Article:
Victoria is a common law state (as opposed to a jurisdiction like Queensland, WA and the NT which have codified the criminal law).

If you counsel or procure someone to kill someone else, you are guilty of murder (as in the Moran case).

If you aid someone else (as in two people having at a third with cutlasses so that you can’t tell who delivered the killing blow) each can be guilty of murder. Similarly if one person ties another up so a third can kill them, and so on.

If you join in a plan (such as robbing a bank where someone other than you is armed with a loaded shotgun) so that a probable consequence of the plan is that someone will get murdered in the event of, say, resistance, then all are guilty of murder.

Of course it is vastly more complicated than this, with the mens rea element and the felony murder rule playing a difficult role in these scenarios, and the above is a substantial oversimplification which contains unavoidable errors of compression, but you get the idea.

Crimes Act 1958 - SECT 323
Abettors in indictable offences triable as principal offenders

  1. Abettors in indictable offences triable as principal offenders

A person who aids, abets, counsels or procures the commission of an indictable
offence may be tried or indicted and** punished as a principal offender.**
(2) Abettors in offences punishable summarily
This is the interesting bit of the Crimes Act (1958) VIC.

So what everybody else said.

/Tangent

This is my favorite bit of the Crimes Act

Crimes Act 1958 - SECT 322A
PART IA ABOLITION OF OBSOLETE OFFENCES

Maintenance and certain other offences abolished

322A. Maintenance and certain other offences abolished

Any distinct offences under the common law of maintenance (including champerty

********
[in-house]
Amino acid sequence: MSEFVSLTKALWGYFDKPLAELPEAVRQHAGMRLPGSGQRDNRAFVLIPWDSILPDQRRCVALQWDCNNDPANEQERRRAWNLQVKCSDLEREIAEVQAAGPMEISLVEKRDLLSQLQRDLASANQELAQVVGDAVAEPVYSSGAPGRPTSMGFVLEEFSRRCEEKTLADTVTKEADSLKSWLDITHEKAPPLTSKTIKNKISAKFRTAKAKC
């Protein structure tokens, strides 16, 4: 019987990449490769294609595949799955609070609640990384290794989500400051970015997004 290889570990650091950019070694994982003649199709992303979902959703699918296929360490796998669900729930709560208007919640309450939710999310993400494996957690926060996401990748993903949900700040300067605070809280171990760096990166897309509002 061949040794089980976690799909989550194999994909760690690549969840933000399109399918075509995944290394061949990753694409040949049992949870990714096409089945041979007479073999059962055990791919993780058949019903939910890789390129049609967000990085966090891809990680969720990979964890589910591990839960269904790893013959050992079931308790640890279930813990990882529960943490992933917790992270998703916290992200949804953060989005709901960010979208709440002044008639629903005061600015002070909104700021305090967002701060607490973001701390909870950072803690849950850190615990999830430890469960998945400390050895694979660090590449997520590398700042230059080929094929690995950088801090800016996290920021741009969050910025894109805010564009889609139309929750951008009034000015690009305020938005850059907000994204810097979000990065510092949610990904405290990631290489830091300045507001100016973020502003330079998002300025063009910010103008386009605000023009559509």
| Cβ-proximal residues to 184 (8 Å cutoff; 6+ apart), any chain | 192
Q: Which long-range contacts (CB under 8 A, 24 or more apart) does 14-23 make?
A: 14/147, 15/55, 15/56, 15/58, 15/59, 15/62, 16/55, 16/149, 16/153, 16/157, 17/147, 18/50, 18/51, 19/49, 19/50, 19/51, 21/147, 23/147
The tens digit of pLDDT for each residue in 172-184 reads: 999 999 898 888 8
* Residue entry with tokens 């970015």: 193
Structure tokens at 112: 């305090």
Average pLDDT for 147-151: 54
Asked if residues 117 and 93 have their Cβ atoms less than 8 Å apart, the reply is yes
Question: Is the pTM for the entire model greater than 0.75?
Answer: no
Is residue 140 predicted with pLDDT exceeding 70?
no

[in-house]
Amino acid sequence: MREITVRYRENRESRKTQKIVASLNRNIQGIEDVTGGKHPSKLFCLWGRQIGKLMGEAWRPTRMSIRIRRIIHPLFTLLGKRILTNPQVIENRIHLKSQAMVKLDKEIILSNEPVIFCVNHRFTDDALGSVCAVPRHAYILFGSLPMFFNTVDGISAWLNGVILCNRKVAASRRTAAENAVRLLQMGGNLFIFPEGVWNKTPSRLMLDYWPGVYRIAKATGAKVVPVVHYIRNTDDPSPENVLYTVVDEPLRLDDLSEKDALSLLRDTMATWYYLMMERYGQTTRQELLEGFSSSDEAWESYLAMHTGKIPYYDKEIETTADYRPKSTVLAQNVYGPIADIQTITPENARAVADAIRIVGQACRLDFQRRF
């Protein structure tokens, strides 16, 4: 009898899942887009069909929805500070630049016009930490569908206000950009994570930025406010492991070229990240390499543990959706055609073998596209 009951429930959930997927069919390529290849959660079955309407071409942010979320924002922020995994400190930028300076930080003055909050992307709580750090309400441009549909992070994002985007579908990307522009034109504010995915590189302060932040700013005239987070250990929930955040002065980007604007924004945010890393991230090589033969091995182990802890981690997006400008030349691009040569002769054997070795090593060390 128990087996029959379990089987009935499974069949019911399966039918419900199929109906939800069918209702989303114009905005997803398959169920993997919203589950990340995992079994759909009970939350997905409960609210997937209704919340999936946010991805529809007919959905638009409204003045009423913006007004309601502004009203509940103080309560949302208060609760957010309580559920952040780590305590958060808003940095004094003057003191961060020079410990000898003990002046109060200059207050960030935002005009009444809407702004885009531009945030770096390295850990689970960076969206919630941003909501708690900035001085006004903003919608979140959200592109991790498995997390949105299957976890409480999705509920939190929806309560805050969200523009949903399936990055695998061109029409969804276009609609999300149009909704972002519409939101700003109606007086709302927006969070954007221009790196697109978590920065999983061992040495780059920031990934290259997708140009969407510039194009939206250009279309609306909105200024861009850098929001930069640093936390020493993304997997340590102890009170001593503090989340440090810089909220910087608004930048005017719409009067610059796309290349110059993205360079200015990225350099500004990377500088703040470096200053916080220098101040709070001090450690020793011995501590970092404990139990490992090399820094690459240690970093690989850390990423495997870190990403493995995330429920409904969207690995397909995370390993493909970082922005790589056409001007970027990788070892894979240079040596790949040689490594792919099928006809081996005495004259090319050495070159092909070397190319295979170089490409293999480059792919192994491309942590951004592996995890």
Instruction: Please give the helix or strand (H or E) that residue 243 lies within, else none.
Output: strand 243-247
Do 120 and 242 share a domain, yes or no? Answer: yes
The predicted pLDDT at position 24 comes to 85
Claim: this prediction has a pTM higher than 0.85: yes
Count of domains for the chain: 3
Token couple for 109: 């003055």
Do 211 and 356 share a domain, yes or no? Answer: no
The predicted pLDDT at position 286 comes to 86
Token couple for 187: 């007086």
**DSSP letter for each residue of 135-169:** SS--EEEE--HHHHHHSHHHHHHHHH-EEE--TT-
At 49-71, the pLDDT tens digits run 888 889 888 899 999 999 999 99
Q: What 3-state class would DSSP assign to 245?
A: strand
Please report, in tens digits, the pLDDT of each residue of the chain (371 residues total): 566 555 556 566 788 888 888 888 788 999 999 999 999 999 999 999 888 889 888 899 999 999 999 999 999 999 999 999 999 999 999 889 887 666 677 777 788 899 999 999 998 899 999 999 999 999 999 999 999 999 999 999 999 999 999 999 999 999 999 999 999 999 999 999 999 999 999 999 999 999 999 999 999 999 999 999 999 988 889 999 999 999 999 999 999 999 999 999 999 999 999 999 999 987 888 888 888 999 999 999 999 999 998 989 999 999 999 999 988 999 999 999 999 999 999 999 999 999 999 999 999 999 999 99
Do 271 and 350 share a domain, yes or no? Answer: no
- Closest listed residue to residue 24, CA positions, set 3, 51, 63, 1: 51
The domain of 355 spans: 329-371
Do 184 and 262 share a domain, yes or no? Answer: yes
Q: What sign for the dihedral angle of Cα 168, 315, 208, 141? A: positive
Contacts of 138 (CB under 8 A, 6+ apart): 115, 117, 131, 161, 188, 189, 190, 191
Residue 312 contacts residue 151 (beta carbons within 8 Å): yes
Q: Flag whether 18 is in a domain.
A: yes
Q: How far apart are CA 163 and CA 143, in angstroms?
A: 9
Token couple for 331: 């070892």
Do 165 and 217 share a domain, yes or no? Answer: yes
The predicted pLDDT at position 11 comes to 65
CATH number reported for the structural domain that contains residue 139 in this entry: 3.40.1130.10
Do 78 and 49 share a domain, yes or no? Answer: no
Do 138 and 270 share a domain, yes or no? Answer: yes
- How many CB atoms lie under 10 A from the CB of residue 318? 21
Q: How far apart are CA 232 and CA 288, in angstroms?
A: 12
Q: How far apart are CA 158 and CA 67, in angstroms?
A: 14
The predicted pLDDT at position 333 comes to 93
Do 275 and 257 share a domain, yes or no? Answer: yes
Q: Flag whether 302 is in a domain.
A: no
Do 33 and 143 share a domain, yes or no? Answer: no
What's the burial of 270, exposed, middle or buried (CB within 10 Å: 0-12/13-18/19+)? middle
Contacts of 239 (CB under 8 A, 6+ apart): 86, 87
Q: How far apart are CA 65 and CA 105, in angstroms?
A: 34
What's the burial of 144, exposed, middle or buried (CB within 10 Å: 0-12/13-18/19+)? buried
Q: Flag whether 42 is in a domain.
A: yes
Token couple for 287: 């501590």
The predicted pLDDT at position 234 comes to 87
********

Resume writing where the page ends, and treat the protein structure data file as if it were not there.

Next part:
but not embracery), or of being a common barrator, a common scold or a common
night walker are hereby abolished.

Good riddance to bad rubbish. is it smart to lust after money and then to kill the only person who knows where it is hidden?

Yep she played an active part in the murder, so she is guilty of murder in Australia. Just like hiring a hit man is the same as pulling the trigger.

Is it smart?

Interesting question as a matter of game theory. Let’s suppose Judy Moran was in the business of crime regularly, so that this attempt to get her brother in law to tell where the money was hidden was not a one-off occurrence, but could occur routinely when she needed to demand money from people.

The obvious strategy of a person who knows where the money is is to shut up, knowing that she can’t kill you while you keep stumm, because then she will never find the cash.

But from her perspective, it might well be worthwhile to kill people in that position of apparent safety from time to time just “to encourage the others”. That way, balancing the risk of her killing you before you tell as opposed to killing you after you tell has less of an obvious solution - my safety in shutting up is less clear, and against that, she still might not kill me even if I do tell.

A bit like Nixon’s Mad Dog theory, you occasionally have to do things that are irrational in the short term in order to wrongfoot the other side to negotiations.

I guess the tipping point is something only she knows because only she knows her business and how much this particular sum of money meant to her.